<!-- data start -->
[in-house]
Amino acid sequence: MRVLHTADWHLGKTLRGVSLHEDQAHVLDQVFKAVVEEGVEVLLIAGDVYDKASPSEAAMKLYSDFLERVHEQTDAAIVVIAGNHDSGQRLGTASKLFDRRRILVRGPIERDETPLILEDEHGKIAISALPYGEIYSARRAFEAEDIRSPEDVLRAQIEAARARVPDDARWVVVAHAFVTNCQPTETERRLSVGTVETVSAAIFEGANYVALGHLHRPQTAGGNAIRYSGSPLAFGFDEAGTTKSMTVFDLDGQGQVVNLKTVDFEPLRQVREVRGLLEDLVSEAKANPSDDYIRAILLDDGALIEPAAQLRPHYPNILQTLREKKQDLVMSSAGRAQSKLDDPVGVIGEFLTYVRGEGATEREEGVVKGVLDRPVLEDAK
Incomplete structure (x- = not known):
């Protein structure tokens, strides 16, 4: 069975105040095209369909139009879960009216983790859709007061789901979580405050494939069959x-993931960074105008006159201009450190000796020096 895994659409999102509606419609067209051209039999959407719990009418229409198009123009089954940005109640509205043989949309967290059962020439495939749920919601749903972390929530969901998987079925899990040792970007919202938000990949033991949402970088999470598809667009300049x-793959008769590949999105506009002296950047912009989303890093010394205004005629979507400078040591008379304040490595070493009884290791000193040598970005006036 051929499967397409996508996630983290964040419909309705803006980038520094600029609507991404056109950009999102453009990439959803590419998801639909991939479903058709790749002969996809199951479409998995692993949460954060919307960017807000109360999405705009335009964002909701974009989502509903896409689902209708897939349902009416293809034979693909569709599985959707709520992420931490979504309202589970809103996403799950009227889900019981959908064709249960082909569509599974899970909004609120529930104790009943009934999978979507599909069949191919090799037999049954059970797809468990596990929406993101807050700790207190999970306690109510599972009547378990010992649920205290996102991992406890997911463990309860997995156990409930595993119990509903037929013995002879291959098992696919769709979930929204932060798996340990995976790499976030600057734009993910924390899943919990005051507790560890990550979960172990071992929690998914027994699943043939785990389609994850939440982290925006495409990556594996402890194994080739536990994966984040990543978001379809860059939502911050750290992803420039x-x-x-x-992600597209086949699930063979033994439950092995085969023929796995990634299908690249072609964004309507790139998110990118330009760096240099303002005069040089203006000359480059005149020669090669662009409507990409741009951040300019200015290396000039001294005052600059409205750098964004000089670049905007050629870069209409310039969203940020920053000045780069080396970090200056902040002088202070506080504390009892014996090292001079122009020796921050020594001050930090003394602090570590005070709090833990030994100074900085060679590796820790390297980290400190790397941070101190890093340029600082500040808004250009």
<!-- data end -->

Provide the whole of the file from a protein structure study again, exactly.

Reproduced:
[in-house]
Amino acid sequence: MRVLHTADWHLGKTLRGVSLHEDQAHVLDQVFKAVVEEGVEVLLIAGDVYDKASPSEAAMKLYSDFLERVHEQTDAAIVVIAGNHDSGQRLGTASKLFDRRRILVRGPIERDETPLILEDEHGKIAISALPYGEIYSARRAFEAEDIRSPEDVLRAQIEAARARVPDDARWVVVAHAFVTNCQPTETERRLSVGTVETVSAAIFEGANYVALGHLHRPQTAGGNAIRYSGSPLAFGFDEAGTTKSMTVFDLDGQGQVVNLKTVDFEPLRQVREVRGLLEDLVSEAKANPSDDYIRAILLDDGALIEPAAQLRPHYPNILQTLREKKQDLVMSSAGRAQSKLDDPVGVIGEFLTYVRGEGATEREEGVVKGVLDRPVLEDAK
Incomplete structure (x- = not known):
């Protein structure tokens, strides 16, 4: 069975105040095209369909139009879960009216983790859709007061789901979580405050494939069959x-993931960074105008006159201009450190000796020096 895994659409999102509606419609067209051209039999959407719990009418229409198009123009089954940005109640509205043989949309967290059962020439495939749920919601749903972390929530969901998987079925899990040792970007919202938000990949033991949402970088999470598809667009300049x-793959008769590949999105506009002296950047912009989303890093010394205004005629979507400078040591008379304040490595070493009884290791000193040598970005006036 051929499967397409996508996630983290964040419909309705803006980038520094600029609507991404056109950009999102453009990439959803590419998801639909991939479903058709790749002969996809199951479409998995692993949460954060919307960017807000109360999405705009335009964002909701974009989502509903896409689902209708897939349902009416293809034979693909569709599985959707709520992420931490979504309202589970809103996403799950009227889900019981959908064709249960082909569509599974899970909004609120529930104790009943009934999978979507599909069949191919090799037999049954059970797809468990596990929406993101807050700790207190999970306690109510599972009547378990010992649920205290996102991992406890997911463990309860997995156990409930595993119990509903037929013995002879291959098992696919769709979930929204932060798996340990995976790499976030600057734009993910924390899943919990005051507790560890990550979960172990071992929690998914027994699943043939785990389609994850939440982290925006495409990556594996402890194994080739536990994966984040990543978001379809860059939502911050750290992803420039x-x-x-x-992600597209086949699930063979033994439950092995085969023929796995990634299908690249072609964004309507790139998110990118330009760096240099303002005069040089203006000359480059005149020669090669662009409507990409741009951040300019200015290396000039001294005052600059409205750098964004000089670049905007050629870069209409310039969203940020920053000045780069080396970090200056902040002088202070506080504390009892014996090292001079122009020796921050020594001050930090003394602090570590005070709090833990030994100074900085060679590796820790390297980290400190790397941070101190890093340029600082500040808004250009």